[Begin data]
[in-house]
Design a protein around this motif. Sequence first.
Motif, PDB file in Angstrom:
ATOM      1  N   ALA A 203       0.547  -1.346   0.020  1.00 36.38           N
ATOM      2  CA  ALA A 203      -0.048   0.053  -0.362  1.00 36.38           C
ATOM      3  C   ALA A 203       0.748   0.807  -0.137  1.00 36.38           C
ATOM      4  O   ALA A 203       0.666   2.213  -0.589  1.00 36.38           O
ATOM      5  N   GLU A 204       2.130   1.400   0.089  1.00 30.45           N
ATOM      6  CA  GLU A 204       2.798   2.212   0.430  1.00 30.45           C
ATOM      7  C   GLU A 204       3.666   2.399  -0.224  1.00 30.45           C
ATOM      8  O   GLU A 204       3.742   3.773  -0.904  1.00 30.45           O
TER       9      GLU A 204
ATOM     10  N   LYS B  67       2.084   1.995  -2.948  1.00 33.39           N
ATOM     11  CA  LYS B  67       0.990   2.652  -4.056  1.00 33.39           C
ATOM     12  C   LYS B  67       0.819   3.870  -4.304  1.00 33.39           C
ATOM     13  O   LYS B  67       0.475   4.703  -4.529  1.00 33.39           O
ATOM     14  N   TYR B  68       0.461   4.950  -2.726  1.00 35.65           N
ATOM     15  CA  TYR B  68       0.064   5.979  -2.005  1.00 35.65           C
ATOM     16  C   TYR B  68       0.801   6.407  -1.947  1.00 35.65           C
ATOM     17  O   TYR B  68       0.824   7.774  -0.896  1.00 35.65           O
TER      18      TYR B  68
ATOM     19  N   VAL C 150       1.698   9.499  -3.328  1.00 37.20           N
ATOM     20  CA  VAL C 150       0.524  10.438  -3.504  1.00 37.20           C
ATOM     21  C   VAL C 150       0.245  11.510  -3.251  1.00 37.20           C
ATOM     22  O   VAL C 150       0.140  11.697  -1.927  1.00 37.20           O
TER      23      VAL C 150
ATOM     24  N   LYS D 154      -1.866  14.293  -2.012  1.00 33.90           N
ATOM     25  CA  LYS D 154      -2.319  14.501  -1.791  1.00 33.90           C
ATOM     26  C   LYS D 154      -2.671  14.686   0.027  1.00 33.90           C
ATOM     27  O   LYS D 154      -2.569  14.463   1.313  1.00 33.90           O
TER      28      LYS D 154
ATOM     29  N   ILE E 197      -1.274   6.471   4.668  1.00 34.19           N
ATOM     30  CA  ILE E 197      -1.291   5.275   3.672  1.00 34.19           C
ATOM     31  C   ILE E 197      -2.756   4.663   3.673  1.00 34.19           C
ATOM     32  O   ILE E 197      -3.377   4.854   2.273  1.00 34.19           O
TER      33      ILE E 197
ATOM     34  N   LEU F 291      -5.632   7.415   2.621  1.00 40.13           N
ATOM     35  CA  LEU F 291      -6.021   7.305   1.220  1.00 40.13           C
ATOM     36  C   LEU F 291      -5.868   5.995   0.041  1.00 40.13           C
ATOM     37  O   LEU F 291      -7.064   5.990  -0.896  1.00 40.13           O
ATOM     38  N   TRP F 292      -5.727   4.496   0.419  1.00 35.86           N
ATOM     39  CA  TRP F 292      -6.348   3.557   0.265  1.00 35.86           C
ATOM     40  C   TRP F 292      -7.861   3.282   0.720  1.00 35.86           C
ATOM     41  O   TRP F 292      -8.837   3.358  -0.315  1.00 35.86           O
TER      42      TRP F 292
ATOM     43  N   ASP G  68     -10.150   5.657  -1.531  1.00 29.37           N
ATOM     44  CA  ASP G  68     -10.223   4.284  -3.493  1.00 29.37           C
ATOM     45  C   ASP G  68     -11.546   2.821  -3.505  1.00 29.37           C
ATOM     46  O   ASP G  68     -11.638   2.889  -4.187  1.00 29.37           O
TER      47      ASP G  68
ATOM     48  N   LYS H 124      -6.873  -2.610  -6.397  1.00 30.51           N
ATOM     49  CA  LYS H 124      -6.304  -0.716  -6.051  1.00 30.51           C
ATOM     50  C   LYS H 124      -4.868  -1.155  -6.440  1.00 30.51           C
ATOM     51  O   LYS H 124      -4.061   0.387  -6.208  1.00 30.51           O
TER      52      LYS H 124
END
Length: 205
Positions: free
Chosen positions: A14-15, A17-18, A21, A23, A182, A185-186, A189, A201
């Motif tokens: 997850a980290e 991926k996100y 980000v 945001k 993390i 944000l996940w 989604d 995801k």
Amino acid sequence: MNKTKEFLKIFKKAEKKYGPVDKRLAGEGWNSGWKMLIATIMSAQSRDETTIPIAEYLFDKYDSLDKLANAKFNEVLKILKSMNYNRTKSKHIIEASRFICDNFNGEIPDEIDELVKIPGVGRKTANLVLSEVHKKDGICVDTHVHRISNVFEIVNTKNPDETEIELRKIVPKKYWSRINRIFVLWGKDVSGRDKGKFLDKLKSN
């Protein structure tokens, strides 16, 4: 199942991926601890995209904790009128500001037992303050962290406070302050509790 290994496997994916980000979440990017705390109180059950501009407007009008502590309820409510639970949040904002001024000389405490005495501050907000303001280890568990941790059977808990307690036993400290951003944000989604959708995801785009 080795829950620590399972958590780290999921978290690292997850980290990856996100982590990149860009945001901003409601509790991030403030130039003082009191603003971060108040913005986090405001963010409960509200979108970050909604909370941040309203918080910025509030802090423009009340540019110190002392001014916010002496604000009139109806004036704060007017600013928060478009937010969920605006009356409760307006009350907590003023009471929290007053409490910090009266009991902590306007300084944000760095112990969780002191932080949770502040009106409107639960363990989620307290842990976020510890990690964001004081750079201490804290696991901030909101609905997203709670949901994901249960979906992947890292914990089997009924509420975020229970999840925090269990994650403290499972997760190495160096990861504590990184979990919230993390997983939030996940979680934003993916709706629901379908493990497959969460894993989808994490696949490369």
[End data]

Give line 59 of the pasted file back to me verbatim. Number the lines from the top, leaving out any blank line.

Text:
Chosen positions: A14-15, A17-18, A21, A23, A182, A185-186, A189, A201